Figure 4

Fig. 4 Silver nanoparticle colloid poured on a sample

Figure 5

Fig. 5 Sample for SERS analysis

Figure 6

Fig. 6 Top: SERS spectrum of a purple sample from ms. F.I.4 (Turin, Biblioteca Nazionale Universitaria); bottom: SERS spectrum of an extract from Chrozophora tinctoria

3) The best and most reliable technique for identification of dyes is undoubtedly High Performance Liquid Chromatography coupled with Mass Spectrometry, or HPLC-MS, as it can provide information on all of the molecules present in the sample thanks to the high diagnostic power and sensitivity provided by the mass spectrometer detector. Its main drawback is that it is both invasive and destructive, although the sample can be very small (ca. 2 mm), so HPLC-MS should be used as a last resort. Interesting applications of this technique include:

  • the discrimination between natural and synthetic indigo, information useful in evaluating the authenticity of a miniature since synthetic indigo has only been available since 1897;

  • the discrimination between indigo and woad, both dyes containing indigotine but obtained from different sources: Indigofera tinctoria, a plant native to Asia, for indigo and Isatis tinctoria, a plant native to Europe, for woad;

  • the discrimination among the various anthraquinonic dyes obtained from scale insects (kermes, lac dye, Armenian cochineal, Polish cochineal and Mexican cochineal), which is difficult with SERS and impossible with FORS. An example, taken from Stathopoulou et al., is shown in Fig. 7.

Figure 7

Fig. 7 HPLC-MS analysis of a red dye on silk

References

Aceto, A. Agostino, G. Fenoglio, A. Idone, M. Gulmini, M. Picollo, P. Ricciardi and J.K. Delaney, Characterisation of colourants on illuminated manuscripts by portable fibre optic UV-visible-NIR reflectance spectrophotometry, Analytical Methods, 6, 1488-1500 (2014).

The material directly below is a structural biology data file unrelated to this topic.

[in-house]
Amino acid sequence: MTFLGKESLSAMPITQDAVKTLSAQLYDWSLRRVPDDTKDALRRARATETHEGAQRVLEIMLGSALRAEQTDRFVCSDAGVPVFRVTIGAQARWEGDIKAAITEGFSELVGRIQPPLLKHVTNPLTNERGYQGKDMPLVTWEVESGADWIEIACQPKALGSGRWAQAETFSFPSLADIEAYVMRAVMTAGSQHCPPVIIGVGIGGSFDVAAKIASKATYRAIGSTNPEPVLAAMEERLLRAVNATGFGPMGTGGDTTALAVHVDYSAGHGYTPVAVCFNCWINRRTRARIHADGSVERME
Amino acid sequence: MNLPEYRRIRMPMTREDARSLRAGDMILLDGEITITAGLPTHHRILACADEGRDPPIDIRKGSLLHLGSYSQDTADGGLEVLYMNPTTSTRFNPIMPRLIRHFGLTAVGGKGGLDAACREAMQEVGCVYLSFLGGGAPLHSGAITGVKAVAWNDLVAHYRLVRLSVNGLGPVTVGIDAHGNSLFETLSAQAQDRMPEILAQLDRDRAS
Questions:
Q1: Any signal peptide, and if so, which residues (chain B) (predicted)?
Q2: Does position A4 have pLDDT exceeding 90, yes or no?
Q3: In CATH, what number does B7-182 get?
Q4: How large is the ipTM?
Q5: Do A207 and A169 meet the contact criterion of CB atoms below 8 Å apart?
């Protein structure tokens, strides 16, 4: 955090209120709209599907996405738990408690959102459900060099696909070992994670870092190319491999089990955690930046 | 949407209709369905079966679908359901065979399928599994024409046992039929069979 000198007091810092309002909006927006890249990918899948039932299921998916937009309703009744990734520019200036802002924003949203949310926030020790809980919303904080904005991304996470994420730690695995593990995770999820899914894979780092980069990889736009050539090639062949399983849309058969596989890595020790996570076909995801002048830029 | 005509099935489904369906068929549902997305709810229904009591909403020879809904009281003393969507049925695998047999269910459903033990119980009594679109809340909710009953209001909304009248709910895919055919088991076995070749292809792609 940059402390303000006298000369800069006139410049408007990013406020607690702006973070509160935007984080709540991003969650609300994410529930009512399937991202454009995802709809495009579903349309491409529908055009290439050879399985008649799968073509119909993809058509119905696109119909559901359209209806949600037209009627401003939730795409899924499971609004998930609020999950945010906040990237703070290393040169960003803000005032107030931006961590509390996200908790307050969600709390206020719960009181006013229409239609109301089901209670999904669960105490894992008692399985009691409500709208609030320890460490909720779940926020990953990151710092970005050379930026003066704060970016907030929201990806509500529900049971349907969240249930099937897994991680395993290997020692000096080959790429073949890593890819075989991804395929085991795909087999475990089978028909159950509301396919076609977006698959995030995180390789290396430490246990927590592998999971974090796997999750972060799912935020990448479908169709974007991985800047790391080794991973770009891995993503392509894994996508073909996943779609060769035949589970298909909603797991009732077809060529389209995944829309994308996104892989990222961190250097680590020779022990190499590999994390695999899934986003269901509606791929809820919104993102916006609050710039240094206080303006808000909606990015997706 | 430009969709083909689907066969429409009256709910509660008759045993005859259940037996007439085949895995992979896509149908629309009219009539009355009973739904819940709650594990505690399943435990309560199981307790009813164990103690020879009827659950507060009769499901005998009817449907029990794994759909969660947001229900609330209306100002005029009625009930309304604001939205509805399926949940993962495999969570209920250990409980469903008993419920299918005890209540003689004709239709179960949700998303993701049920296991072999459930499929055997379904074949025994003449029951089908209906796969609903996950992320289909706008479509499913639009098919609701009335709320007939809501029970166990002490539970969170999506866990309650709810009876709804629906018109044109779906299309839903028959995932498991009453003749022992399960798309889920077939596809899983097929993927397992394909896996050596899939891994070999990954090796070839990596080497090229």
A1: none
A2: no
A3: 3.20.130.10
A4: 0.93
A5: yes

Aceto, E. Calà, A. Arrais, M. Clericuzio, F. Marsano, A. Idone, P. Davit, L. Menghini, M. Gulmini, On the identification of folium by SERS: from crude extracts to illuminated codices, Journal of Raman Spectroscopy, doi: 10.1002/jrs.5072 (2017).

K. Stathopoulou, L. Valianou, A. Skaltsounis, I. Karapanagiotis, P. Magiatis, Structure elucidation and chromatographic identification of anthraquinone components of cochineal (Dactylopius coccus) detected in historical objects, Analytica Chimica Acta, 804, 264–272 (2013).

Dr. Maurizio Aceto graduated with a degree in Chemistry in 1988 from the Università degli Studi di Torino (Italy), where he earned a doctoral degree in Scienze Chimiche in 1993. In 1997 he became Research Assistant at the Università del Piemonte Orientale in Alessandria (Italy), where he teaches courses in the field of analytical chemistry. His main research interests deal with the characterisation of painted artworks, with a focus on miniature painting, using non-invasive and non-destructive techniques such as Raman spectroscopy, FORS, spectrofluorimetry and XRF spectrometry, or micro-destructive techniques such as SERS and HPLC-MS. In this field he collaborates with several libraries and museums, and uses diagnostic results to improve knowledge about the chronology of the use of pictorial materials in painting. He is the author of more than 100 articles in national and international journals.

Dipartimento di Scienze e Innovazione Tecnologica, Università degli Studi del Piemonte Orientale, viale T. Michel, 11 – 15121 Alessandria, Italy & Centro Interdisciplinare per lo Studio e la Conservazione dei Beni Culturali (CenISCo). E-mail: maurizio.aceto@uniupo.it.

Elisa Calà graduated with a degree in Chemistry from the Università degli Studi del Piemonte Orientale in Alessandria (Italy) with a thesis on the study and analysis of purple natural dyes historically used for illuminated manuscripts. She is presently a PhD student in Chemistry and Biology at Università degli Studi del Piemonte Orientale, researching the analysis of artistic historical samples, with a focus on the identification of dyes and pigments through non-destructive and micro-invasive analytical techniques.